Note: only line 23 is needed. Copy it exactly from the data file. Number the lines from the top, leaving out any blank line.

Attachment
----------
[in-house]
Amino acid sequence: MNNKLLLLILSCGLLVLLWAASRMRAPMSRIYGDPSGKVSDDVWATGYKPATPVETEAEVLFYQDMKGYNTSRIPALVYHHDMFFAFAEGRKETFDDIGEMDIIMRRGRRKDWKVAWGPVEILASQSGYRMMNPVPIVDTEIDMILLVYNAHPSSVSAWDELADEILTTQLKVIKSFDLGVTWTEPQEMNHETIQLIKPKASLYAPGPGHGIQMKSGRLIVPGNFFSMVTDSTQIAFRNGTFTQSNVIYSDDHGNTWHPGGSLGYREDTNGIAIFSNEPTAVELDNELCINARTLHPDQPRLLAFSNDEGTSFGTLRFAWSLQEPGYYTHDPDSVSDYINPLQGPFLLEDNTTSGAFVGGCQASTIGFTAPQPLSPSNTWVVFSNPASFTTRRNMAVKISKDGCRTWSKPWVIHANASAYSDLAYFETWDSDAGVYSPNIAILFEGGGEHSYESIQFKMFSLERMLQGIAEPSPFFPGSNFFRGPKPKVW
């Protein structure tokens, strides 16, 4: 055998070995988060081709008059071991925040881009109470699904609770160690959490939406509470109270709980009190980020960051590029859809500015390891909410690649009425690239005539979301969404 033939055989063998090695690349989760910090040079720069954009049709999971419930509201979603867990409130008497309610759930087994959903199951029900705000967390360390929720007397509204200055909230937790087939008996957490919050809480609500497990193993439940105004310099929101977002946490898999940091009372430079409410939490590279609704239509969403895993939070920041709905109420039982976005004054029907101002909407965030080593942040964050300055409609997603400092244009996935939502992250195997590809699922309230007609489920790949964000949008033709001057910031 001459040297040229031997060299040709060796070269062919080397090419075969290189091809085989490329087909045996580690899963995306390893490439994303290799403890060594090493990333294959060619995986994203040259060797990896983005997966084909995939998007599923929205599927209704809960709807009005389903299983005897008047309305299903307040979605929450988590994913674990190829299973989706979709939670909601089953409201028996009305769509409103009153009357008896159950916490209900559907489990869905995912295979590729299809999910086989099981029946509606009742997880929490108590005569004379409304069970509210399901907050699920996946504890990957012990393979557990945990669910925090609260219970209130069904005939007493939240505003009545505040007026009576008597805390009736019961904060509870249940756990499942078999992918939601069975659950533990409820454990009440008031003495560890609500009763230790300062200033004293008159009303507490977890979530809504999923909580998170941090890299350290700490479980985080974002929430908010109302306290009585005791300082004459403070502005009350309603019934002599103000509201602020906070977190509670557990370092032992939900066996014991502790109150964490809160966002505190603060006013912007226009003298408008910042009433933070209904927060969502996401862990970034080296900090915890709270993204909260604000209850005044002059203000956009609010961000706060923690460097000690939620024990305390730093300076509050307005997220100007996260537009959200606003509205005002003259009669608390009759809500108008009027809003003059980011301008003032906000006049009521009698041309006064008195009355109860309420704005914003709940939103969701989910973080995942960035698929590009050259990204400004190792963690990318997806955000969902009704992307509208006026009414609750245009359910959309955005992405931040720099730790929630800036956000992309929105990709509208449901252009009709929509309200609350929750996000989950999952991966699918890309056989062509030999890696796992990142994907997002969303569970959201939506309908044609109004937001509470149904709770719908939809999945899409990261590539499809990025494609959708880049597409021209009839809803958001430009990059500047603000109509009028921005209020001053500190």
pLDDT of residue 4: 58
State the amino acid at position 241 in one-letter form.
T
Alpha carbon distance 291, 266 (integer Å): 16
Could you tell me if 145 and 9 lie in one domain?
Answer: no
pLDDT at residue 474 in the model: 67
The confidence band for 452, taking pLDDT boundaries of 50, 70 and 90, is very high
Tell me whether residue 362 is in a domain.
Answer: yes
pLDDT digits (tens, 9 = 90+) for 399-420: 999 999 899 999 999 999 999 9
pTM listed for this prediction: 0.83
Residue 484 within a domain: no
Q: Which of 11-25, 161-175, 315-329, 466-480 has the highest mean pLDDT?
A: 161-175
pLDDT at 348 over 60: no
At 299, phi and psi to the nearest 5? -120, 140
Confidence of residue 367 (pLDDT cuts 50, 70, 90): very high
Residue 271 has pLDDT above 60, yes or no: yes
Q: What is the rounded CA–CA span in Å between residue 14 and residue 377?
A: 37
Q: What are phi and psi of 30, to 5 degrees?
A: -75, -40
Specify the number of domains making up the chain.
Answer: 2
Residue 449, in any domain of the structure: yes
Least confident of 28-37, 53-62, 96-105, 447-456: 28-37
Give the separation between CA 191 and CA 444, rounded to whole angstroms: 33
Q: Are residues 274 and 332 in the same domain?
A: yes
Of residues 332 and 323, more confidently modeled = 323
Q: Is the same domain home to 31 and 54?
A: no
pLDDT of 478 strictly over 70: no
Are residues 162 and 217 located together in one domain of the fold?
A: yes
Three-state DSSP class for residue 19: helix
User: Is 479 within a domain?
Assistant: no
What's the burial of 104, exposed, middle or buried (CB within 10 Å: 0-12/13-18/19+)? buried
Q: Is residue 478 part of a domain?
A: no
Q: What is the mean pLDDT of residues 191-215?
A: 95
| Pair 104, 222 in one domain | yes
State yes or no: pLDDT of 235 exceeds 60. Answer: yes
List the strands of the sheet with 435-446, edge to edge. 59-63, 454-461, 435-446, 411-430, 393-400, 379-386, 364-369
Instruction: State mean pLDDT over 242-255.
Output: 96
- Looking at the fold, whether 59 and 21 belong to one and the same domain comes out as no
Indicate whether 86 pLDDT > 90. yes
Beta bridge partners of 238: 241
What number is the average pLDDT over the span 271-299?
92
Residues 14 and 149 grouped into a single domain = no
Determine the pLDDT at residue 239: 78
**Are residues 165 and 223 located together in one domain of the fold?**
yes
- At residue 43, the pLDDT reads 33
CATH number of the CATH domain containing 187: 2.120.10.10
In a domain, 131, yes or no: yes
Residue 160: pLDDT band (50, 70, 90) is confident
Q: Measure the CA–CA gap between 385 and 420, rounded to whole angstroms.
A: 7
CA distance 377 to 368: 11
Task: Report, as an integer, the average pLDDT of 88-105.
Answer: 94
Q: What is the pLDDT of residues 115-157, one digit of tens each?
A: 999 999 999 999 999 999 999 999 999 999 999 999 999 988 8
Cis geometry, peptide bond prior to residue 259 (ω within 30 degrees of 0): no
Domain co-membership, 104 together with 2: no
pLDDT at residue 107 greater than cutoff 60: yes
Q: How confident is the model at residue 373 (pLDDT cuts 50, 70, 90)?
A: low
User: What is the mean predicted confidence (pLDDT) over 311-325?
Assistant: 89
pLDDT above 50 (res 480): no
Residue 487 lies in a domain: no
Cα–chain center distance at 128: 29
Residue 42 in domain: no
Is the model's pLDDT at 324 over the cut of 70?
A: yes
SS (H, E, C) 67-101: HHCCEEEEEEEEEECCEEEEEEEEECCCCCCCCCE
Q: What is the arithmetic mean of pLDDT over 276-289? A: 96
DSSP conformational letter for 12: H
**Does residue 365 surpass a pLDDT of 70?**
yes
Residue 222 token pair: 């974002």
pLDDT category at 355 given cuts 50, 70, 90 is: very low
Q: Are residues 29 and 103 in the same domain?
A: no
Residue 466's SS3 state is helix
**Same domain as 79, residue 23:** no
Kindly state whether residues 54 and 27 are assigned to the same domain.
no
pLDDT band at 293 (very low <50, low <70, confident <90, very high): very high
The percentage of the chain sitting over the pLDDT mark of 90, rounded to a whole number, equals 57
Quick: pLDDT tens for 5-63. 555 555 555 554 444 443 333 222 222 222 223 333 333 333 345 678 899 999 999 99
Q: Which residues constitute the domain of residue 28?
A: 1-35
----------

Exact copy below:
Q: What is the rounded CA–CA span in Å between residue 14 and residue 377?